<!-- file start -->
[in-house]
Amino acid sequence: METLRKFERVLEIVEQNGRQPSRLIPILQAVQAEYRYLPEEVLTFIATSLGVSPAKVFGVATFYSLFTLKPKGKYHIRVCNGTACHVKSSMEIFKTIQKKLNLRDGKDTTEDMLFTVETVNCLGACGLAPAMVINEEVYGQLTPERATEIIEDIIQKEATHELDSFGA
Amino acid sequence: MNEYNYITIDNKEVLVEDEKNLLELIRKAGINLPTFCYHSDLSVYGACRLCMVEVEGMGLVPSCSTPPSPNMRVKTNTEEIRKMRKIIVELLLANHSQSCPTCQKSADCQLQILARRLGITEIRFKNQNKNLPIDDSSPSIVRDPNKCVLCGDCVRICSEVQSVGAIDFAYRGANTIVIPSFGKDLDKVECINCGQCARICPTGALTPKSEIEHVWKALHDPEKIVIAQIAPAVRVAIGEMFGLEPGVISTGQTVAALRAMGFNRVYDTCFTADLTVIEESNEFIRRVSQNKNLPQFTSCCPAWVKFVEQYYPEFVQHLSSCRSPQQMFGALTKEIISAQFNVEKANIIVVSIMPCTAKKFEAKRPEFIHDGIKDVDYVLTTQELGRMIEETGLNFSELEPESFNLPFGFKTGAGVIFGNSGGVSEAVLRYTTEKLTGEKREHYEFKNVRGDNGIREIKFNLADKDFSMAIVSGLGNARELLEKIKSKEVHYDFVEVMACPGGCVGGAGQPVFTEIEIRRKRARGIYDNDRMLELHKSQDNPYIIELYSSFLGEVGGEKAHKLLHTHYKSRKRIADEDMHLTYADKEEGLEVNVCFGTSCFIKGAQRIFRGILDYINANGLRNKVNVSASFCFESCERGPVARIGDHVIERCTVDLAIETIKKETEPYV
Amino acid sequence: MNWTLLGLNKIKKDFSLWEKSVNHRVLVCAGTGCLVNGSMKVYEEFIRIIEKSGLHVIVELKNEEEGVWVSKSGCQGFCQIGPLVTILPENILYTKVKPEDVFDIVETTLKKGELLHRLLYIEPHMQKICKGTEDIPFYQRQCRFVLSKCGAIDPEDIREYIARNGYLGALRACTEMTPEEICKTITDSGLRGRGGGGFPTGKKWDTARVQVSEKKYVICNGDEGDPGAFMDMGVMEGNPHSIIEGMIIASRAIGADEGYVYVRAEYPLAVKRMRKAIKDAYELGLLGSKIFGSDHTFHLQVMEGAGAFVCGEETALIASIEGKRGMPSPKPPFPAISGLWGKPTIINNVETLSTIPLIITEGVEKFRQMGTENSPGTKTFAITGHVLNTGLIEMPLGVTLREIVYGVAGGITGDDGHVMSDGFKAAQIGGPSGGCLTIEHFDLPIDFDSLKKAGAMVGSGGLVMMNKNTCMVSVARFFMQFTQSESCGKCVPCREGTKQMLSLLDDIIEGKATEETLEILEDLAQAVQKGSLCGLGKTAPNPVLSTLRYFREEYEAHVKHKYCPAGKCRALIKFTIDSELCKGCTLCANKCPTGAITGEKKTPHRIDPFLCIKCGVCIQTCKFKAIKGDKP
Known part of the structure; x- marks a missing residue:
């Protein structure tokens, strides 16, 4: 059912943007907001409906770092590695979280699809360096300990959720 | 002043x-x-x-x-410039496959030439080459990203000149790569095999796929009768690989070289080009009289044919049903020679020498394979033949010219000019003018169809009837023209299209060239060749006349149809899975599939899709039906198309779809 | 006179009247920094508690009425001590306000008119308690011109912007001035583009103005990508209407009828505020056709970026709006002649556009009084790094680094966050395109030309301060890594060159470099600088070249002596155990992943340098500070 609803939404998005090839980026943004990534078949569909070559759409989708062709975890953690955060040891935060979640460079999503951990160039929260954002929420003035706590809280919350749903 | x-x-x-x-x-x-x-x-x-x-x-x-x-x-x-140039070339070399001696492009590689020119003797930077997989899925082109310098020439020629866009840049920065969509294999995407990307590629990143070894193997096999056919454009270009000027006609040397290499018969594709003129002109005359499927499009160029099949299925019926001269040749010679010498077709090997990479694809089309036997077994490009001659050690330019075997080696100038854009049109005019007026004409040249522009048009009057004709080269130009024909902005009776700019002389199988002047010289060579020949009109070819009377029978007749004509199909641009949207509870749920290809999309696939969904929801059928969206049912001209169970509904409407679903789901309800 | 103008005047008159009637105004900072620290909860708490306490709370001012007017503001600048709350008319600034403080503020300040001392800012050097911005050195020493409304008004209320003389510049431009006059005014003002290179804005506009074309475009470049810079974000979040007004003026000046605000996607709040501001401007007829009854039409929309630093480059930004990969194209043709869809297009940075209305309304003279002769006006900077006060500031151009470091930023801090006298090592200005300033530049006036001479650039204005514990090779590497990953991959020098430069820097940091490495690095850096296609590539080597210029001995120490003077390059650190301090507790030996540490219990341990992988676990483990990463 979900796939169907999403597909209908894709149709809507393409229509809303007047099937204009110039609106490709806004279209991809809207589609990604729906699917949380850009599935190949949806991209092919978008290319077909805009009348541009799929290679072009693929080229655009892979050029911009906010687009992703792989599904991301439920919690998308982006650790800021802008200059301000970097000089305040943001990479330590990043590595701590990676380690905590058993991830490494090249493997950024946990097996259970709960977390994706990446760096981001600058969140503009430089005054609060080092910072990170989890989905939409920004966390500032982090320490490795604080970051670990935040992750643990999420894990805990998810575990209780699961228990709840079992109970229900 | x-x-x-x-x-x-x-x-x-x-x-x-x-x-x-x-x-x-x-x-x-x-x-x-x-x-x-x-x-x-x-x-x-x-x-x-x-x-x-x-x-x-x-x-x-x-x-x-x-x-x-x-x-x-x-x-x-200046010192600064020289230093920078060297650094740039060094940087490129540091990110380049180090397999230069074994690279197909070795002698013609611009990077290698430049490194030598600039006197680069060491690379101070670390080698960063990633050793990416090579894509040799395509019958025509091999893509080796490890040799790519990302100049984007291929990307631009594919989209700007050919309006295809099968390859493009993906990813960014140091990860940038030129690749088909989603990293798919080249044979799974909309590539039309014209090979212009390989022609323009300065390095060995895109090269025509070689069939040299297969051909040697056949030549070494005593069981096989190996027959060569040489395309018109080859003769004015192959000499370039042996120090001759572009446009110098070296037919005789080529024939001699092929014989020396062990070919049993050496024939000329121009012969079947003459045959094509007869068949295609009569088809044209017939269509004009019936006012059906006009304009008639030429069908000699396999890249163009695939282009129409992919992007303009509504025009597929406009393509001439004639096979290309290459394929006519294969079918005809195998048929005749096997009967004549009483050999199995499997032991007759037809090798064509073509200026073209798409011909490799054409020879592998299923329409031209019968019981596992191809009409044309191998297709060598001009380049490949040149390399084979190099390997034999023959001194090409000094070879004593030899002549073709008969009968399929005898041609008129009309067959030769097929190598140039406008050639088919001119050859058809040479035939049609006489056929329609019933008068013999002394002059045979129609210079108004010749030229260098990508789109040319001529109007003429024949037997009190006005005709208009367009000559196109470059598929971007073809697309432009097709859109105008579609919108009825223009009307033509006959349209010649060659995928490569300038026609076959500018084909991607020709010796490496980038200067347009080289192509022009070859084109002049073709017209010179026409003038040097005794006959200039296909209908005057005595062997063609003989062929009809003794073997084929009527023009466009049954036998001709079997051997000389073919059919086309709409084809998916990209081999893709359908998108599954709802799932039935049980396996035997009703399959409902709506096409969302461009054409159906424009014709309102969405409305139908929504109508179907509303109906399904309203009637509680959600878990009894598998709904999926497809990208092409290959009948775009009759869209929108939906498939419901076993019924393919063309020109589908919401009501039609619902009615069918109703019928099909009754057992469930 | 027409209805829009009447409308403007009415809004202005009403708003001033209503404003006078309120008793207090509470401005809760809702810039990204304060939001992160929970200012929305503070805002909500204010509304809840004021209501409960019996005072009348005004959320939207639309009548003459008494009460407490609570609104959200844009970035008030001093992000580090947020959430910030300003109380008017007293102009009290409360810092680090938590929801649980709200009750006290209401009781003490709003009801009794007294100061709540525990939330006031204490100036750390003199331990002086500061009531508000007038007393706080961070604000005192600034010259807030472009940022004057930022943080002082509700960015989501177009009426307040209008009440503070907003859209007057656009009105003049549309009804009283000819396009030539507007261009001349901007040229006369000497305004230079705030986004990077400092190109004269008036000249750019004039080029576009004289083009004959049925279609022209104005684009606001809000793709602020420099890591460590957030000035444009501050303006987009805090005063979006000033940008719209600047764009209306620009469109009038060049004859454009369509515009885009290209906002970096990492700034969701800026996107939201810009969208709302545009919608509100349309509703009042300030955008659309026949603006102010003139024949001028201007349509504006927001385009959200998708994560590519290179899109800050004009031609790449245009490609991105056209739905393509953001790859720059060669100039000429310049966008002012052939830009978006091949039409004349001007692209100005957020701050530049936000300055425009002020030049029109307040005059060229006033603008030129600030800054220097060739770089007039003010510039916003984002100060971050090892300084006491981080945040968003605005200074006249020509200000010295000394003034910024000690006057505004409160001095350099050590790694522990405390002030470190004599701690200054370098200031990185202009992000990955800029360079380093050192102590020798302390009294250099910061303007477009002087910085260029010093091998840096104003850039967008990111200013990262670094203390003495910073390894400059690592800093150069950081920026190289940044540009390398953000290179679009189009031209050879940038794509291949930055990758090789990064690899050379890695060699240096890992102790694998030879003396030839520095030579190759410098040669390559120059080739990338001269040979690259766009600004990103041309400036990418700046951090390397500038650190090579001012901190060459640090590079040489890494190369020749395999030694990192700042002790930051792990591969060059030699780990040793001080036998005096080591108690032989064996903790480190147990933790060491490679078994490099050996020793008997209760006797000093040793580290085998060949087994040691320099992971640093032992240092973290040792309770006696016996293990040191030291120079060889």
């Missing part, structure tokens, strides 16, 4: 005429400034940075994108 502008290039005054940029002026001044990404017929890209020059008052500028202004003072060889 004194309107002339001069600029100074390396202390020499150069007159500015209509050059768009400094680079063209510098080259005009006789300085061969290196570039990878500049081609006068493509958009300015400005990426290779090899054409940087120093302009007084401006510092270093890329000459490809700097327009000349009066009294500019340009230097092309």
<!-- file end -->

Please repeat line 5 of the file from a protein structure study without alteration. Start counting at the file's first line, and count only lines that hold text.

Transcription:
Known part of the structure; x- marks a missing residue: